Summer is outdoor time for people and pets. Cats might get excited about summer. Unsure if indoor cats really feel the need to wander outdoors in the good weather (or if that’s what their pet parents think they feel.)
Either way, if you let your kitties out for some fun in the sun, be aware of those summer dangers: Bug bites, UV exposure and parasites.
Bee stings, parasites, tics and fleas await your cat when they spend time outdoors. She can be exposed to bacteria and viruses from wildlife and outdoor plants. Other dangers include snakes, neighborhood cats and dogs and strays.
Ask your veterinarian about a flea control program. Off-the-shelf products may be toxic and ineffective. Also vacuum and change your cat’s bedding to help control fleas.
First aid advice: Avoid treating cuts and wounds with ointments or topical antibiotics. Your cat might be allergic to some ingredients and will lick the ointment and irritate the wound.
And cats can have an anaphylactic reaction to insect stings. If your cat has swelling of her face, paws or legs, take her to the veterinarian immediately.
Be aware of any changes in your cat’s behavior and talk to your veterinarian.
Hot temperatures can make anyone uncomfortable. Heatstroke is scary. If your cat is panting, similar to a dog, call your veterinarian immediately.
Or if you notice difficulty walking or lethargy, call your veterinarian right away.
You can cool down your cat with warm water (not cold) on her ears, paws and belly, then use the fan to mimic sweat.
According to Dr. Heather Loenser of the American Animal Hospital Association adds, “Cats, like dogs, don’t sweat to cool down, so this method of cooling by a veterinary team or pet owner will be appreciated by the cat. No matter what, go to your veterinarian for further care, even if your cat seems to be acting normally after being overheated.”
Animals at risk for heatstroke:
- Cats with kidney disease or asthma.
- Young kittens and older cats because they can’t regulate their body temperature.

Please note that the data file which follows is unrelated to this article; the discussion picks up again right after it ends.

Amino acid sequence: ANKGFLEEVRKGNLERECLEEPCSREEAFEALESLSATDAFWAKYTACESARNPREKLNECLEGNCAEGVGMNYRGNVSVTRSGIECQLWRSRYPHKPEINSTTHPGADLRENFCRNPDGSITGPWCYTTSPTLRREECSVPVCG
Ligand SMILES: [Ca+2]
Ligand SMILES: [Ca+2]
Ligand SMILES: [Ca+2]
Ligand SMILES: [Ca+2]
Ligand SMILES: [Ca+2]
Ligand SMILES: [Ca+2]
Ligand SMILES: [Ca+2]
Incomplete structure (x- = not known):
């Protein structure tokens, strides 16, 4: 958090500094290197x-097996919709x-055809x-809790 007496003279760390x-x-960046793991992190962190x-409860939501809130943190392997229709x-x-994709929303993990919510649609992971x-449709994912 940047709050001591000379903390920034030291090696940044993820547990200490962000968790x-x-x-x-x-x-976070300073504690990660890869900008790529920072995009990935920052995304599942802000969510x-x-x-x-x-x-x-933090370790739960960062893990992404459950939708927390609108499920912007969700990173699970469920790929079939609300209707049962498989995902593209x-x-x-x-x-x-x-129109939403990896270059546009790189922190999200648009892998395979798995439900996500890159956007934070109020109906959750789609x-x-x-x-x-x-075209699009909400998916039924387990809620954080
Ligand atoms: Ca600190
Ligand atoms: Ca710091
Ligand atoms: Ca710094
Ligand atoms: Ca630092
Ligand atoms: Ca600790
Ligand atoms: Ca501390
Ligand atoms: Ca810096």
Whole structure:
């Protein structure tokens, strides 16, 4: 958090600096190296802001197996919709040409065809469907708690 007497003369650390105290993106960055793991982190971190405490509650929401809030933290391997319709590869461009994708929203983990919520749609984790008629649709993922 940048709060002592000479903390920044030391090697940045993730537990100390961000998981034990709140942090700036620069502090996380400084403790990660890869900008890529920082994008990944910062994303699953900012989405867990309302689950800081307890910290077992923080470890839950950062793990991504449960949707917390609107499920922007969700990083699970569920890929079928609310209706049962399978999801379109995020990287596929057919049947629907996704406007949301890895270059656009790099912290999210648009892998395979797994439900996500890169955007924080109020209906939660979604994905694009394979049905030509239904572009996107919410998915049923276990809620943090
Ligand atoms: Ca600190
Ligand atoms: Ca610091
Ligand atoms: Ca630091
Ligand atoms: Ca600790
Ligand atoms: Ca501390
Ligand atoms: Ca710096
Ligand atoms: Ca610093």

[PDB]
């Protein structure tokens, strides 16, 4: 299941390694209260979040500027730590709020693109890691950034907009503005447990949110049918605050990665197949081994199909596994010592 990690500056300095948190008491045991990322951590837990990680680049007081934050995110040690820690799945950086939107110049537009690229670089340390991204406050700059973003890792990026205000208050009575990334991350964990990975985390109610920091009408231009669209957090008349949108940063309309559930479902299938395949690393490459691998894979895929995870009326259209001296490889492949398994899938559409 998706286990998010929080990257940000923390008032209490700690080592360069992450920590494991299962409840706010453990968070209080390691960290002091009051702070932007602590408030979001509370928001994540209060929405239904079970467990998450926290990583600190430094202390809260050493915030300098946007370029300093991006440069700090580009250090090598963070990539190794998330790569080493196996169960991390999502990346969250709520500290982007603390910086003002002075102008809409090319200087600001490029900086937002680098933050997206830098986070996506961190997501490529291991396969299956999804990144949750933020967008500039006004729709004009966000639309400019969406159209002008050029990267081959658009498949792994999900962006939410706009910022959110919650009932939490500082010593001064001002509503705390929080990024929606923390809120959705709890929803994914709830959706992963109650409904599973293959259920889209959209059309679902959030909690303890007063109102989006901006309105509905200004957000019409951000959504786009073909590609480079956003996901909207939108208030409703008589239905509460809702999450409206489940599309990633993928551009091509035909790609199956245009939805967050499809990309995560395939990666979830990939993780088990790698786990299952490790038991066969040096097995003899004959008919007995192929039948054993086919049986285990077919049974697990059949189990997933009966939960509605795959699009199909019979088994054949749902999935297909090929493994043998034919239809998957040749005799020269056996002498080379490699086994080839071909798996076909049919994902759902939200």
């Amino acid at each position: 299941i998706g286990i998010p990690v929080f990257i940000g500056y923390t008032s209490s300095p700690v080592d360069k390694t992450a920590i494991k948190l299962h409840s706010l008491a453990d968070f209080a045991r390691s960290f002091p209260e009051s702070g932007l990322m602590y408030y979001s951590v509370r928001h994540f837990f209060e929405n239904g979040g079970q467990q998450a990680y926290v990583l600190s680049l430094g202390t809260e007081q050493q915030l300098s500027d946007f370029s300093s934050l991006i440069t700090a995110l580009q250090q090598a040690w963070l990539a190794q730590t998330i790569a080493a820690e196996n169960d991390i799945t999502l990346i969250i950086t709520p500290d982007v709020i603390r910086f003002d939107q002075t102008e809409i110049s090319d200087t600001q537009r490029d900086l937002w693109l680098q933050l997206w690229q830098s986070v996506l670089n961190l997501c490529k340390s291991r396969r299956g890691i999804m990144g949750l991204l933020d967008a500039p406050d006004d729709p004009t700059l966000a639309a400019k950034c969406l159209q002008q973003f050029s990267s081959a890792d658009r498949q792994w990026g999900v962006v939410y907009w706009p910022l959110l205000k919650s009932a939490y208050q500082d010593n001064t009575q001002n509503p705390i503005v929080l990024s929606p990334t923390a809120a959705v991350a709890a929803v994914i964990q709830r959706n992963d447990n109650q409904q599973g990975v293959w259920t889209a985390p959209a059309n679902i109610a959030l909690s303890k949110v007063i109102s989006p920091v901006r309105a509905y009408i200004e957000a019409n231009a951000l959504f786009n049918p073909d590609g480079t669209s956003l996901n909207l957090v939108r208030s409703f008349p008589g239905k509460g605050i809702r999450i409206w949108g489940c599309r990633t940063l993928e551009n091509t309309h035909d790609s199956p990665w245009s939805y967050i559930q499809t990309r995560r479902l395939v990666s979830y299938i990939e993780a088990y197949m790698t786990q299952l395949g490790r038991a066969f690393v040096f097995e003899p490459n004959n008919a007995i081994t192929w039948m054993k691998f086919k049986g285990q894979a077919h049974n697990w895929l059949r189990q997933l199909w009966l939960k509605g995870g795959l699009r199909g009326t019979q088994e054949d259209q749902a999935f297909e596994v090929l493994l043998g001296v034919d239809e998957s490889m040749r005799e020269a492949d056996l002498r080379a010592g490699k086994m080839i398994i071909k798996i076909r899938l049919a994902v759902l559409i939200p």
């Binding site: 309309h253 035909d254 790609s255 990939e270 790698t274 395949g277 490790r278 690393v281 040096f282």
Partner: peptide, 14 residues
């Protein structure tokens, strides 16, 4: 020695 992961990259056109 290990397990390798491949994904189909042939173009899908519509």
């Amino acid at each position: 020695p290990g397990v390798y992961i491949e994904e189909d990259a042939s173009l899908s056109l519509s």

Signs of heatstroke:
- Rapid pulse
- Body temperature above 104 degrees Fahrenheit
- Sweaty feet
Cats shed their winter coat in warmer weather. It means more hairballs and grooming. Cats can ingest up to a third of the amount of hair they shed.
Grooming can result in vomiting and blockages and your pet might need veterinary care. But you can be proactive. Give your cat a bath, and remember to comb or brush him regularly.
Regular grooming helps remove some of that excess hair before it’s ingested. You can prevent a build up of hairballs.
One thing to avoid in the summer: Shaving your cat. Indoor cats don’t need haircuts because they live in temperature-controlled areas. Again, brushing can remove tangles and excess hair.
But if your cat is matted, get a professional groomer for preventive maintenance.
In any season, indoor or outdoor cats need regular brushing and grooming to keep them comfortable.
Remember that cats spend about 50% of their time grooming themselves. For this reason, you should avoid any sunscreens that are left on the skin.
There are sunscreens for dogs, but no products for cats. Ask a cat veterinarian before you apply any sunscreen to your cat.
You want to make a safe choice and not make your kitty sick. Ask about non-toxic sunscreens for your cat.
Hairless cats should avoid going outside because of sun exposure. They have no protection from branches, sticks and other sharp objects.
Indoor cats are not at risk for skin damage – just keep them away from doors and windows with peak sun exposure.
Remember to keep your cat safe all year round. Safety is indoors.
Keep plenty of fresh water and shady spots even for indoor cats. And leave the air conditioner on when you go out.
Keep your cat safe and cool all summer!
source: 4 Summer Dangers for Cats
Thanks to all you cat moms and dads!
Dr. Pet Mom
“A meow massages the heart.”